So, 504 is here, at last. And at an RRP of EIGHTY QUID, it’s unlikely that this is one people are going to take a chance on without hearing a lot more about it. I’m going to have to pick it up at some point, because a game that is entirely modular – allowing you to play a total of 504 combinations of game elements, creating different play experiences – is something I just have to try. I would love to see some more experimental stuff like this. It’s interesting to just think of games in this way – as collections of different experiential elements, coming together to suggest a theme. It’s the kind of thing I can probably write about at boring length once I’ve played this, but I bet this thing will be an absolute BEAST to review properly. I mean, when will I have played it enough? If game 352 is excellent and game 290 is awaful, where does that leave me? How do you even – OH, I’LL WORRY ABOUT IT LATER.


Okay, so this one I have been hearing a lot about already. And I’m hearing good things. I don’t know if any of you know what “Halo” is, but it’s a popular video game series about a green robot man who shoots aliens who are smaller than him. There has been a lot of Halo games released, and the first one was a classic and the most recent ones don’t work properly. It can be played multiplayer too, and there are a lot of purples and blues, and some people even read books about the game’s story even though it doesn’t have one.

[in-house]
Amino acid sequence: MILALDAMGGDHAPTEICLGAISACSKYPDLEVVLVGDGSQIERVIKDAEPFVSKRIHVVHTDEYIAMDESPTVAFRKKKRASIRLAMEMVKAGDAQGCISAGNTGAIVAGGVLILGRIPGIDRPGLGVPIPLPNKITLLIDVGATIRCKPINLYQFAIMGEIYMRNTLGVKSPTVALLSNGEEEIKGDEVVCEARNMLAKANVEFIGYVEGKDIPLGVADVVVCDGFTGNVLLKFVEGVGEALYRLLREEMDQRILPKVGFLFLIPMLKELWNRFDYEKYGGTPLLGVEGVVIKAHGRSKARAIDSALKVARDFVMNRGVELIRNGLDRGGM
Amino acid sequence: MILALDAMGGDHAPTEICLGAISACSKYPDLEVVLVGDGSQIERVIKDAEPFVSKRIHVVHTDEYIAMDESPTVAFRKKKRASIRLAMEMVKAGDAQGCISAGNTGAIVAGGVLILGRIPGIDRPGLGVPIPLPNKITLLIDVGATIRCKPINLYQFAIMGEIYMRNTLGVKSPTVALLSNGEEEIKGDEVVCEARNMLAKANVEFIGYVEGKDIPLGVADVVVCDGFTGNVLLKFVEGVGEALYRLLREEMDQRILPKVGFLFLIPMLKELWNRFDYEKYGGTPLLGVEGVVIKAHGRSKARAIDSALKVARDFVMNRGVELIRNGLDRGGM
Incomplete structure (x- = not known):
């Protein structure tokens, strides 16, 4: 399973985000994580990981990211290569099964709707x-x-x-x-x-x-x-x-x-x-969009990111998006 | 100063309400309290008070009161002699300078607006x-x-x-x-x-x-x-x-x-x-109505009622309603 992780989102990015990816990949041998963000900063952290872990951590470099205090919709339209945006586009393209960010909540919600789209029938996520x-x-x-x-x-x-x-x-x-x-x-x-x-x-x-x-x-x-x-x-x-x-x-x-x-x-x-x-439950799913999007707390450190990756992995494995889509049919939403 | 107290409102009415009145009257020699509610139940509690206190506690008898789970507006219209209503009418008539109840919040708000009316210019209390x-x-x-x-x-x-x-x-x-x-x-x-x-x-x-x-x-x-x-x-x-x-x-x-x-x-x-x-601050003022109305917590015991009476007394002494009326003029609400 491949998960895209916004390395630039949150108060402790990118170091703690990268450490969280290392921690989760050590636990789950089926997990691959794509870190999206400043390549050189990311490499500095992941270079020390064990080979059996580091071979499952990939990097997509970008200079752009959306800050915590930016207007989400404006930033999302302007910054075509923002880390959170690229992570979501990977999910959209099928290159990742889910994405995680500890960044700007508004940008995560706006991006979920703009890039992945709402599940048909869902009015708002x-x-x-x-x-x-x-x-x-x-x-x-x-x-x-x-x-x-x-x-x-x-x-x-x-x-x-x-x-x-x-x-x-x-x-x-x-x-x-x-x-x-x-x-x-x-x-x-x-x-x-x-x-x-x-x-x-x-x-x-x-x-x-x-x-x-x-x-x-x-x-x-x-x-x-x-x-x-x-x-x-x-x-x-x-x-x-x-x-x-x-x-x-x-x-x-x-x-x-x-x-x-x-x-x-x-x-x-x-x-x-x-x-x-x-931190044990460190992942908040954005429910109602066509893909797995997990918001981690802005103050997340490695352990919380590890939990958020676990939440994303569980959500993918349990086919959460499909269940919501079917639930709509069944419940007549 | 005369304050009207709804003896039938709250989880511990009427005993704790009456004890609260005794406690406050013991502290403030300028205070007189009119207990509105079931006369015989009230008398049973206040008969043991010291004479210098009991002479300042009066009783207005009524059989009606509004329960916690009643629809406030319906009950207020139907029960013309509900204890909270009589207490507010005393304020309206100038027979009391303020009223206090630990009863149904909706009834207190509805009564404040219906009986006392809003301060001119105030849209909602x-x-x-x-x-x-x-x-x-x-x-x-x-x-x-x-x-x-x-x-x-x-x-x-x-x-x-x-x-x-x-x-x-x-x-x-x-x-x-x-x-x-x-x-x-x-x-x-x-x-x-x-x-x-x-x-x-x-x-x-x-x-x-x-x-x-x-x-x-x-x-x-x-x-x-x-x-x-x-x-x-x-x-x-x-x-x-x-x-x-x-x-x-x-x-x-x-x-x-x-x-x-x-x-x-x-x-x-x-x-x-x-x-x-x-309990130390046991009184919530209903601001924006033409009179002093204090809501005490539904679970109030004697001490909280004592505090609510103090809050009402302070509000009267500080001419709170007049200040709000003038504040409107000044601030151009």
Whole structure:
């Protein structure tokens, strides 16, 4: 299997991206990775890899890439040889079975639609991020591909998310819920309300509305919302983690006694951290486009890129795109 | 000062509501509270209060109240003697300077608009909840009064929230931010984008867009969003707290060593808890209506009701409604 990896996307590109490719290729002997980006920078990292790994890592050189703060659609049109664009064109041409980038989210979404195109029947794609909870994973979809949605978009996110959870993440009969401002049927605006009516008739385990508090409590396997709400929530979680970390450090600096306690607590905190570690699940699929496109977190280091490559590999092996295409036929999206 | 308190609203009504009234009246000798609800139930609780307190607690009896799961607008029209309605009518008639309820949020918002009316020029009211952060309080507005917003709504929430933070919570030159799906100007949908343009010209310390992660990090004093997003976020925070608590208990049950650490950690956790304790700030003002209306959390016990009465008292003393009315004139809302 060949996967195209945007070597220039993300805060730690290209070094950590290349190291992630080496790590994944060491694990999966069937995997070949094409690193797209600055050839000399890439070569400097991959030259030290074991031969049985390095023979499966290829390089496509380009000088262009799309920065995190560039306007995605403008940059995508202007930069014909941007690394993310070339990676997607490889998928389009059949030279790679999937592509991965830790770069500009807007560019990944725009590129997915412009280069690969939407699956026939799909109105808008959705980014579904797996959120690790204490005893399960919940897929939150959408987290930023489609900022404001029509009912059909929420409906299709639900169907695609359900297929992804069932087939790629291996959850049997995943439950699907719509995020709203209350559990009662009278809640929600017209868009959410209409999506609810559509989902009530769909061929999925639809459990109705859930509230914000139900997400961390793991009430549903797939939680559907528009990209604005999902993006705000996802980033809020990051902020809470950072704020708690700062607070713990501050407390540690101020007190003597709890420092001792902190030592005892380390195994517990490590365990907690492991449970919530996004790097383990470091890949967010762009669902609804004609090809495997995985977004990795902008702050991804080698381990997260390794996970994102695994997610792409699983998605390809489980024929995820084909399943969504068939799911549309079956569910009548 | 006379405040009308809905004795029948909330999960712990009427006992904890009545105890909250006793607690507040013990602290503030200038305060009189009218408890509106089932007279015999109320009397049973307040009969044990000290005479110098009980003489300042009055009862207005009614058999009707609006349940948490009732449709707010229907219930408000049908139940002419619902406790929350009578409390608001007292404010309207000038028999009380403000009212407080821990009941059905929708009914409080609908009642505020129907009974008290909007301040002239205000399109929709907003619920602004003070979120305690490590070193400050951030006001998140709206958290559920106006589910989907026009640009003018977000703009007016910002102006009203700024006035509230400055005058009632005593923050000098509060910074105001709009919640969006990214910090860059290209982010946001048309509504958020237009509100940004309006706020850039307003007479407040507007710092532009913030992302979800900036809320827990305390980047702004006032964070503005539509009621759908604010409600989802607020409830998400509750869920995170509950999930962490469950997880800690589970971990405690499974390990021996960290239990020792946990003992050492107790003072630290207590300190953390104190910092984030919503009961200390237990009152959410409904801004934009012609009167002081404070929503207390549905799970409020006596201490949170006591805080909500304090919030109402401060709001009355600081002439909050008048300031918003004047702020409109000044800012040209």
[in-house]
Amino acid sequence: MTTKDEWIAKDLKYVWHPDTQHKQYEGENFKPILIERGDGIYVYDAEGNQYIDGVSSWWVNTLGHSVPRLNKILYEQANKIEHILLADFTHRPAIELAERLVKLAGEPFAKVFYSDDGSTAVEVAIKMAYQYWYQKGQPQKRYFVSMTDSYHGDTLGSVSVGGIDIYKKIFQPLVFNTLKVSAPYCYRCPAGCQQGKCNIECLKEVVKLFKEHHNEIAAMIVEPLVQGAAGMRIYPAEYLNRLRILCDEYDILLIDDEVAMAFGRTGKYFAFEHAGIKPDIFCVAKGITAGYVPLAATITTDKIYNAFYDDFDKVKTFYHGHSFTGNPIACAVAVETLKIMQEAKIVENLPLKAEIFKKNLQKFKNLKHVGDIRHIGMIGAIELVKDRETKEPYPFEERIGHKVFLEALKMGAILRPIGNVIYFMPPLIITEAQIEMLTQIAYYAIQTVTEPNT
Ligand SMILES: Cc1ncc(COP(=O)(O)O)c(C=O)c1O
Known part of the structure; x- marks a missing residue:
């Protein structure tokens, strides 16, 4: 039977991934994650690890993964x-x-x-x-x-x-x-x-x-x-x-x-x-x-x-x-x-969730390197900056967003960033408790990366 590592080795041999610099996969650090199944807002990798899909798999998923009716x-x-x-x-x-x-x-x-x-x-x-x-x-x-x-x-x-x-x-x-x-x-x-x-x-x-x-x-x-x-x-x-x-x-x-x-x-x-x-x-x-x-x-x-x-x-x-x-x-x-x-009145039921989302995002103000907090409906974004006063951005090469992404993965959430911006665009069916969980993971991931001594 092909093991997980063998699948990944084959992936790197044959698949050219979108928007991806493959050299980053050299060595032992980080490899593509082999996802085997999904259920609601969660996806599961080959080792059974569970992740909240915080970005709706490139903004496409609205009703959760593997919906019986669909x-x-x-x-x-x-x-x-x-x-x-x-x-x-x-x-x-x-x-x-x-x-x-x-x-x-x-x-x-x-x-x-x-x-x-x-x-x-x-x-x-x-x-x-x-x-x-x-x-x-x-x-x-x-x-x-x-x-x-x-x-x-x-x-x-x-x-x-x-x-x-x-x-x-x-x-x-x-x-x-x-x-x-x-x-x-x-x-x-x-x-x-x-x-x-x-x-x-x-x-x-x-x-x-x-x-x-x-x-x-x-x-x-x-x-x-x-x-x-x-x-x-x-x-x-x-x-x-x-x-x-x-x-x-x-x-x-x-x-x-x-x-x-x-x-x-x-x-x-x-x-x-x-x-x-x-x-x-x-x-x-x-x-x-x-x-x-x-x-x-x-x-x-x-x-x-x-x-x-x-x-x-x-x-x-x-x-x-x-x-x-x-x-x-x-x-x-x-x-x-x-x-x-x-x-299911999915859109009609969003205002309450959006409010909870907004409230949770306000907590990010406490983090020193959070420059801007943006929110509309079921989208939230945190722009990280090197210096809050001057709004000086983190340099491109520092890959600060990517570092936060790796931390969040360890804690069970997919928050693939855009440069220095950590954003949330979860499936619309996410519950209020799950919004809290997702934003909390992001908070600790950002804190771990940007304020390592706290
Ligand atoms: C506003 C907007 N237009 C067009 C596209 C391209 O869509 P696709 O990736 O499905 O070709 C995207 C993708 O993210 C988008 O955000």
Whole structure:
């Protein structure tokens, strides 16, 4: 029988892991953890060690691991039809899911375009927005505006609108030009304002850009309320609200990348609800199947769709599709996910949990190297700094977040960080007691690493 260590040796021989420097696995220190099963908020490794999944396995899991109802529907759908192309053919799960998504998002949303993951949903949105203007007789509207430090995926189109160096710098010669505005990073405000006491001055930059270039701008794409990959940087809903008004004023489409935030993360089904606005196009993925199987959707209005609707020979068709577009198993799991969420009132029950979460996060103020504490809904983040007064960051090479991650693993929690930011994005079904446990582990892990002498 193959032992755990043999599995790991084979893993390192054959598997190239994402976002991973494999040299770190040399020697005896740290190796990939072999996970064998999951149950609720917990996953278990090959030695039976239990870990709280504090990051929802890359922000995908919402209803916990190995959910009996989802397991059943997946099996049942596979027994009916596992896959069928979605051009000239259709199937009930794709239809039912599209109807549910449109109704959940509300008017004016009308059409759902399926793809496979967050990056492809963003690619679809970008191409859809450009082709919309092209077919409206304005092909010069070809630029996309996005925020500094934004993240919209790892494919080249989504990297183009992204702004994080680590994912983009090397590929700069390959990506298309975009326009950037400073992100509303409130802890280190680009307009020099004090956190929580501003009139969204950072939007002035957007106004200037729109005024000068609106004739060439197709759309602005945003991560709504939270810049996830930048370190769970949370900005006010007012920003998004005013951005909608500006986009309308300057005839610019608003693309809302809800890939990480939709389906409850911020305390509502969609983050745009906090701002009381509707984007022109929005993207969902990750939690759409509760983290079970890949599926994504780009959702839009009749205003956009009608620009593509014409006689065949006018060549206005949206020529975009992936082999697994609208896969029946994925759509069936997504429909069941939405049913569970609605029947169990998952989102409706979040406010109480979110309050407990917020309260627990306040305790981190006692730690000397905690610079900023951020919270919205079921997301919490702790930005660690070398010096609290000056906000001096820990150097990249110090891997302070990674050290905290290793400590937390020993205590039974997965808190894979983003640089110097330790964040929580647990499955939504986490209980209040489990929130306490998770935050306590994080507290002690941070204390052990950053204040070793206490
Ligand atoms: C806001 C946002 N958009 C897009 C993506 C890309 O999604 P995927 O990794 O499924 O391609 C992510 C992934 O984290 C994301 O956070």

I’ve heard this described as a good introductory fleet battle game, as if that’s the kind of thing anyone is looking for. What is good is that the game is said to be very clean and straightforward to play, and the wee spaceships are absolutely brilliant toys. Expansions are rolling out for the goodies and the baddies, and you could maybe spend Christmas recreating some of the greatest battles of the Halo story (it doesn’t really have one) on your kitchen table.

Miniature games are expensive, but I really want this one. Maybe this will be my Christmas gift to myself. Also, I don’t know why I just spent a while slagging off Halo. I love Halo.


Okay, so that’s a few of the interesting BIG games coming out in the run-up to Christmas. If you’ve had a chance to try any of them, can we all help each other by commenting about that? Let’s not risk anyone buying a turkey this year.

Next week, everything goes all STAR WARS again, as I take a look at another major Christmas release. A board game that you can buy in proper shops, and everything! Yep, next week I’ll be telling you all about the surprising “STAR WARS: RISK”.